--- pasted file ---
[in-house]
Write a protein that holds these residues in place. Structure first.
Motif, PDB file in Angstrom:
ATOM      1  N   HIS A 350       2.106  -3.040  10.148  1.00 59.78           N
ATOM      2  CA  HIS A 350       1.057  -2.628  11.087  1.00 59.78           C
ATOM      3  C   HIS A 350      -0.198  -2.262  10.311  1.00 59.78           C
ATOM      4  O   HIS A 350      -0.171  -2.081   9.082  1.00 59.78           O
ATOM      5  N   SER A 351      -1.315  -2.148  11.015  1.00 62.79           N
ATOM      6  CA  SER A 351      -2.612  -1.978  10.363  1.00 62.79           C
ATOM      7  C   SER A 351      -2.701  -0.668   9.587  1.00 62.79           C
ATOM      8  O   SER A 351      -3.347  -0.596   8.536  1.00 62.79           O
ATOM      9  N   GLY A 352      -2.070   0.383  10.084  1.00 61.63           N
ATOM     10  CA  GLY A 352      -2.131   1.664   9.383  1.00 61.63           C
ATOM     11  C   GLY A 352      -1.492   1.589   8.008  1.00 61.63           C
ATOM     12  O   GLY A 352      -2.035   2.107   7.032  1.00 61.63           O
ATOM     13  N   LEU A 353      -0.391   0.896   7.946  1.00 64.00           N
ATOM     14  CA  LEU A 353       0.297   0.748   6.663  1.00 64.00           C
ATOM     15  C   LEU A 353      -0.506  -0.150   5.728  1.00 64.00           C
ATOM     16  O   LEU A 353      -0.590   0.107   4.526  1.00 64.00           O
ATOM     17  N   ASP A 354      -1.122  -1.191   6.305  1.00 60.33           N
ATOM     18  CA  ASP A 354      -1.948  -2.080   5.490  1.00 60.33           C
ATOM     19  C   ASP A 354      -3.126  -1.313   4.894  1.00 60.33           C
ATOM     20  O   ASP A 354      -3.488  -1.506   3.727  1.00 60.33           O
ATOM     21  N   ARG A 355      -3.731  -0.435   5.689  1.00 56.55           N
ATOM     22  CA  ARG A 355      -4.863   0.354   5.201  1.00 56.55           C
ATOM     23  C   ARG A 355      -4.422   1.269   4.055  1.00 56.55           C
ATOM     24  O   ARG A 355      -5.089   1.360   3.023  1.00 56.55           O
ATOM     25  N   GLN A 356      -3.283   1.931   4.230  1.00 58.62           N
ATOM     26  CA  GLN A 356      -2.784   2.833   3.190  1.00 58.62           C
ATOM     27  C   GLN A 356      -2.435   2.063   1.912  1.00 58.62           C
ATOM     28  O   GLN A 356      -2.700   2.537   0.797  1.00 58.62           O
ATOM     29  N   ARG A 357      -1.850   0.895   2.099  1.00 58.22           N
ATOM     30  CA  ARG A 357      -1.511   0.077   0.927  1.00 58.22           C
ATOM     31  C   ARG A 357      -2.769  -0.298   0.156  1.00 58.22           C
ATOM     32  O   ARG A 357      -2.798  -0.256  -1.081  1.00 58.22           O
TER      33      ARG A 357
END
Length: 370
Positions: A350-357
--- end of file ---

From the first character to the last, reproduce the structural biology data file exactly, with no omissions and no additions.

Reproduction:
[in-house]
Write a protein that holds these residues in place. Structure first.
Motif, PDB file in Angstrom:
ATOM      1  N   HIS A 350       2.106  -3.040  10.148  1.00 59.78           N
ATOM      2  CA  HIS A 350       1.057  -2.628  11.087  1.00 59.78           C
ATOM      3  C   HIS A 350      -0.198  -2.262  10.311  1.00 59.78           C
ATOM      4  O   HIS A 350      -0.171  -2.081   9.082  1.00 59.78           O
ATOM      5  N   SER A 351      -1.315  -2.148  11.015  1.00 62.79           N
ATOM      6  CA  SER A 351      -2.612  -1.978  10.363  1.00 62.79           C
ATOM      7  C   SER A 351      -2.701  -0.668   9.587  1.00 62.79           C
ATOM      8  O   SER A 351      -3.347  -0.596   8.536  1.00 62.79           O
ATOM      9  N   GLY A 352      -2.070   0.383  10.084  1.00 61.63           N
ATOM     10  CA  GLY A 352      -2.131   1.664   9.383  1.00 61.63           C
ATOM     11  C   GLY A 352      -1.492   1.589   8.008  1.00 61.63           C
ATOM     12  O   GLY A 352      -2.035   2.107   7.032  1.00 61.63           O
ATOM     13  N   LEU A 353      -0.391   0.896   7.946  1.00 64.00           N
ATOM     14  CA  LEU A 353       0.297   0.748   6.663  1.00 64.00           C
ATOM     15  C   LEU A 353      -0.506  -0.150   5.728  1.00 64.00           C
ATOM     16  O   LEU A 353      -0.590   0.107   4.526  1.00 64.00           O
ATOM     17  N   ASP A 354      -1.122  -1.191   6.305  1.00 60.33           N
ATOM     18  CA  ASP A 354      -1.948  -2.080   5.490  1.00 60.33           C
ATOM     19  C   ASP A 354      -3.126  -1.313   4.894  1.00 60.33           C
ATOM     20  O   ASP A 354      -3.488  -1.506   3.727  1.00 60.33           O
ATOM     21  N   ARG A 355      -3.731  -0.435   5.689  1.00 56.55           N
ATOM     22  CA  ARG A 355      -4.863   0.354   5.201  1.00 56.55           C
ATOM     23  C   ARG A 355      -4.422   1.269   4.055  1.00 56.55           C
ATOM     24  O   ARG A 355      -5.089   1.360   3.023  1.00 56.55           O
ATOM     25  N   GLN A 356      -3.283   1.931   4.230  1.00 58.62           N
ATOM     26  CA  GLN A 356      -2.784   2.833   3.190  1.00 58.62           C
ATOM     27  C   GLN A 356      -2.435   2.063   1.912  1.00 58.62           C
ATOM     28  O   GLN A 356      -2.700   2.537   0.797  1.00 58.62           O
ATOM     29  N   ARG A 357      -1.850   0.895   2.099  1.00 58.22           N
ATOM     30  CA  ARG A 357      -1.511   0.077   0.927  1.00 58.22           C
ATOM     31  C   ARG A 357      -2.769  -0.298   0.156  1.00 58.22           C
ATOM     32  O   ARG A 357      -2.798  -0.256  -1.081  1.00 58.22           O
TER      33      ARG A 357
END
Length: 370
Positions: A350-357